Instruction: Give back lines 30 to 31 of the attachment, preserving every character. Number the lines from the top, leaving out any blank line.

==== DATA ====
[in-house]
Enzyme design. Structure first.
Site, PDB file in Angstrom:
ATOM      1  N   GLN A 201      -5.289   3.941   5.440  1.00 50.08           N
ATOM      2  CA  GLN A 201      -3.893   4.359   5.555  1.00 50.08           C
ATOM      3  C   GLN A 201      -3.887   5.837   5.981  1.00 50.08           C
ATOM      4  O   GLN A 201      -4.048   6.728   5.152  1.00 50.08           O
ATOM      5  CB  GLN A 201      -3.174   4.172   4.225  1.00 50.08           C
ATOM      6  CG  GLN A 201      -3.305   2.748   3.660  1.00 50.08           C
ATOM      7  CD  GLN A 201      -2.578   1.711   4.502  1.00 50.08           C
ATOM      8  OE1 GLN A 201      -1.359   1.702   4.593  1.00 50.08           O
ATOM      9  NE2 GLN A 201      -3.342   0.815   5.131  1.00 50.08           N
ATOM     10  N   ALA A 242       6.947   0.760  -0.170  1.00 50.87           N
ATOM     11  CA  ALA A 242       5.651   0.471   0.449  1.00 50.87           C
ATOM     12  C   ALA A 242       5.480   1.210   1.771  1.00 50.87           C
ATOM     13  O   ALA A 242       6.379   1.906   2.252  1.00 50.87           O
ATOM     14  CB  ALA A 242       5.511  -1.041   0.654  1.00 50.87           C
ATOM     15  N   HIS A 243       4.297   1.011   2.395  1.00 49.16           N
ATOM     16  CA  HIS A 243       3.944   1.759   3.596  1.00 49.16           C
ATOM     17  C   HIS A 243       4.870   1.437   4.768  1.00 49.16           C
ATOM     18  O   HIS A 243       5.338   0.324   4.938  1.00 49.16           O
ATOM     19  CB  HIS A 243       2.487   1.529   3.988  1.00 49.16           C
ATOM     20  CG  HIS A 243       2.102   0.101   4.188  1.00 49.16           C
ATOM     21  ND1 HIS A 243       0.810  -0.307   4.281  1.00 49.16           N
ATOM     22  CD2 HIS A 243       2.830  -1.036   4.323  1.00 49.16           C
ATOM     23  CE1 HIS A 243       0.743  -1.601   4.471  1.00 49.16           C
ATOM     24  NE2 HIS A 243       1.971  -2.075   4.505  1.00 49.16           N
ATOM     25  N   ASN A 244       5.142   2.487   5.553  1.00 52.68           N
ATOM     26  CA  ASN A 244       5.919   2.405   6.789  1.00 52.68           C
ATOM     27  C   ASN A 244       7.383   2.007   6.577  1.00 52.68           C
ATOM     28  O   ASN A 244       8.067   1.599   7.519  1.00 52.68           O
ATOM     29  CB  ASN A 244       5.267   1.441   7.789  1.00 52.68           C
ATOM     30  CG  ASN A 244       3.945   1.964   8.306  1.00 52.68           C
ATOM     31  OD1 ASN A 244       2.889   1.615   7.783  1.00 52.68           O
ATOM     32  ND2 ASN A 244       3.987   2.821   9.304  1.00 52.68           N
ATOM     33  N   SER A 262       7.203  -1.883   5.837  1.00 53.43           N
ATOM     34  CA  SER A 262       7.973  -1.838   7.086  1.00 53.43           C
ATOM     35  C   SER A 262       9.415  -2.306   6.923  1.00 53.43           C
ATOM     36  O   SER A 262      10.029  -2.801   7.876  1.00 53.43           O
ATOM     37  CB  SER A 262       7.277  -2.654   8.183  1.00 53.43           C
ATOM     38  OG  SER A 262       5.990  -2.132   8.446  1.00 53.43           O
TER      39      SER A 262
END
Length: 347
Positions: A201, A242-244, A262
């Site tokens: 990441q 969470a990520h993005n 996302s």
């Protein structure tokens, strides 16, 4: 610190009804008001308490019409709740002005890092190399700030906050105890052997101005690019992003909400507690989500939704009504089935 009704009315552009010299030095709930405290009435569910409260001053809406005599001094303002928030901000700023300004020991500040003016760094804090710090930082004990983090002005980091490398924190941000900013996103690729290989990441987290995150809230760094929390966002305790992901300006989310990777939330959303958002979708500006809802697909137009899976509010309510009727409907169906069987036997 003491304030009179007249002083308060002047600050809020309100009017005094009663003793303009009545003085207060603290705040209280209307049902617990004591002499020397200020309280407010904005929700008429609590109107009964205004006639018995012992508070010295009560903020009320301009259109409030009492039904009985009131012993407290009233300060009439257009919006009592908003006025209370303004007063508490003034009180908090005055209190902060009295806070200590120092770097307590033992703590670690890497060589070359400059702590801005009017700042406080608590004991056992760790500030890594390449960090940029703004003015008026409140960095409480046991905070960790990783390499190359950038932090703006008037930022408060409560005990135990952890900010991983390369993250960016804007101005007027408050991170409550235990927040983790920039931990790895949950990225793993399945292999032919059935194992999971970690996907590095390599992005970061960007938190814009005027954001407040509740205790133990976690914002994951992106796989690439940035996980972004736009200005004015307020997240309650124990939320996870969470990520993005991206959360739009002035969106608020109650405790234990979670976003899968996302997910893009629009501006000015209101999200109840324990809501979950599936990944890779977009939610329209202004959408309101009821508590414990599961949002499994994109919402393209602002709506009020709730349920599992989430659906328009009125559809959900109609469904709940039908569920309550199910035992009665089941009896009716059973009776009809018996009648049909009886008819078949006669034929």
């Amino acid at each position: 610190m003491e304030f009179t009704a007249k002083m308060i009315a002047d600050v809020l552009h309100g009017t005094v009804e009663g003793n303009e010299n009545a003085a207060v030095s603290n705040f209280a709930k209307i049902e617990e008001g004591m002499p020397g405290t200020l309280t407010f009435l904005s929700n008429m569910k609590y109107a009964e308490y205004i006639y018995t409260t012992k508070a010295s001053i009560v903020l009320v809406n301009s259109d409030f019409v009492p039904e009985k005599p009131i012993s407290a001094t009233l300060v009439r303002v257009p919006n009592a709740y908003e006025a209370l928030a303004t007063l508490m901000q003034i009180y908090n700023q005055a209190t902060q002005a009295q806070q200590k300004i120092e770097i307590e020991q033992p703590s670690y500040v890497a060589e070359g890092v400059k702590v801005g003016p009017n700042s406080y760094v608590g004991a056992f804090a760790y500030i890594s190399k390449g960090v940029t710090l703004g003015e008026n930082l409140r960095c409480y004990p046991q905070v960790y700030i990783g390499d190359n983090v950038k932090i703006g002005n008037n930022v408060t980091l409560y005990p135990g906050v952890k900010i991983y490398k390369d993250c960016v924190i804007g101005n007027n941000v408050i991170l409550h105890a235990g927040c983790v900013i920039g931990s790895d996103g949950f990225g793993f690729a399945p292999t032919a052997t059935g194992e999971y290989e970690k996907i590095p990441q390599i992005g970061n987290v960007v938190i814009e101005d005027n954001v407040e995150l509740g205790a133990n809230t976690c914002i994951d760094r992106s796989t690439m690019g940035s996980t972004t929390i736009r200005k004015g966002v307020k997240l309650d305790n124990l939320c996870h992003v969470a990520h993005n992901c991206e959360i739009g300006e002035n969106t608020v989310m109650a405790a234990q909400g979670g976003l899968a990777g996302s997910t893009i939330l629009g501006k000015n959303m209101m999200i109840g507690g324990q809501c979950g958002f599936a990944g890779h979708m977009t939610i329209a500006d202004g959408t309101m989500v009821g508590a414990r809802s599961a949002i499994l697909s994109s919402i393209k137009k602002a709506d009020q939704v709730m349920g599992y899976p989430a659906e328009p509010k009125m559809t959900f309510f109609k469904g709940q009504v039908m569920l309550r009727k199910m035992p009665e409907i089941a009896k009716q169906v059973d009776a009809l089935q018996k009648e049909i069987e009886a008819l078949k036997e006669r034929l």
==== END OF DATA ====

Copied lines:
ATOM     27  C   ASN A 244       7.383   2.007   6.577  1.00 52.68           C
ATOM     28  O   ASN A 244       8.067   1.599   7.519  1.00 52.68           O